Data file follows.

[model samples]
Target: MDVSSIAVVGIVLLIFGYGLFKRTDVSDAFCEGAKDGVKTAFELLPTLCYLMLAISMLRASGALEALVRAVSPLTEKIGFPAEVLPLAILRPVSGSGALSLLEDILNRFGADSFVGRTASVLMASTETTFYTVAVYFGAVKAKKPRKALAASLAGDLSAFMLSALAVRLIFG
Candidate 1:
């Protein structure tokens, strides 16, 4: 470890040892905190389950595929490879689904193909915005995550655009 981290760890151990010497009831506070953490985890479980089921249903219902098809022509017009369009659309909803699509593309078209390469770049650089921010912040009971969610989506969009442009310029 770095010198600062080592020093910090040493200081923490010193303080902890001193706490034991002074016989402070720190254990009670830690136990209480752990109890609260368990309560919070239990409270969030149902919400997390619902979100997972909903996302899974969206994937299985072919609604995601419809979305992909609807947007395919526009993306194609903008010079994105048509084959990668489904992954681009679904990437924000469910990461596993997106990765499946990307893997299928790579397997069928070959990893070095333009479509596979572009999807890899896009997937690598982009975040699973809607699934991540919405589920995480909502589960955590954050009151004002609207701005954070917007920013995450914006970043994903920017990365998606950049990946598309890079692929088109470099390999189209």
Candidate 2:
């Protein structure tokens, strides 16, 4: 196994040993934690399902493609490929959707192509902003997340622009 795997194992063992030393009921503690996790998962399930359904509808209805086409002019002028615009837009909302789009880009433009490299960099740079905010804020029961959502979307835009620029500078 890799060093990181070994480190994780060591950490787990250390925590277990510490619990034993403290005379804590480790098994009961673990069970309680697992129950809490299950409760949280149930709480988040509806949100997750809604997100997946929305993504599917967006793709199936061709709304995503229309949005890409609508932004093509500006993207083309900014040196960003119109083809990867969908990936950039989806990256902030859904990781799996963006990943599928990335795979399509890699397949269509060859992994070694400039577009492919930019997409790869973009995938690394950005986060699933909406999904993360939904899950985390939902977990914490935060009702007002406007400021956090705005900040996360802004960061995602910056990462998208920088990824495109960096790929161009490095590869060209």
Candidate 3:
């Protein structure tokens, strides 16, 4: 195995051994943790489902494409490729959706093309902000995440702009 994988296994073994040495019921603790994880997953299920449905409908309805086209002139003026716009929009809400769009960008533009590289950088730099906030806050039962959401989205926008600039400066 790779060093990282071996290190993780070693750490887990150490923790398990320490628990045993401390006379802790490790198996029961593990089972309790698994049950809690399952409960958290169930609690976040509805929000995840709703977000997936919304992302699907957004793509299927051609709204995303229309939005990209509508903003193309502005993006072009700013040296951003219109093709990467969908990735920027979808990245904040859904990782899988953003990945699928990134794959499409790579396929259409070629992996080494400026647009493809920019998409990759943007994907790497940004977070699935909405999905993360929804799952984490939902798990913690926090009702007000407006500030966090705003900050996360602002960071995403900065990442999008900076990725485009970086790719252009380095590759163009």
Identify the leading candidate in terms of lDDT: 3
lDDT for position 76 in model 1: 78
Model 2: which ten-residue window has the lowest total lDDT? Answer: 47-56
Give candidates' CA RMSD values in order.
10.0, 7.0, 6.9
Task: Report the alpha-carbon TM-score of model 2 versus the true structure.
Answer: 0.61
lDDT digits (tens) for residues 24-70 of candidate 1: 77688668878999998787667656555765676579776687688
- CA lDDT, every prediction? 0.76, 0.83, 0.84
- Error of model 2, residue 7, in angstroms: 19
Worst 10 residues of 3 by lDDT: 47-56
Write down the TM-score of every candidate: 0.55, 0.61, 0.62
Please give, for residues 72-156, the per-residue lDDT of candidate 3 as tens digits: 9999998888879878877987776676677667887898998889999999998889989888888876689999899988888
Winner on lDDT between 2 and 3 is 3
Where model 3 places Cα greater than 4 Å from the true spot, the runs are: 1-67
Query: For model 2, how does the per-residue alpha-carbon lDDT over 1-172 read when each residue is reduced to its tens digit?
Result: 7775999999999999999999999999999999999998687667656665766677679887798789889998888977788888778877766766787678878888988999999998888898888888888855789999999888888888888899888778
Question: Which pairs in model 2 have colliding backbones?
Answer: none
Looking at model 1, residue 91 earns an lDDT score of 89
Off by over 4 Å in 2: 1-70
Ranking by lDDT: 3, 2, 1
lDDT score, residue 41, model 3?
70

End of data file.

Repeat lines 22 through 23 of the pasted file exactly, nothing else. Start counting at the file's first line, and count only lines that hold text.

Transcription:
Winner on lDDT between 2 and 3 is 3
Where model 3 places Cα greater than 4 Å from the true spot, the runs are: 1-67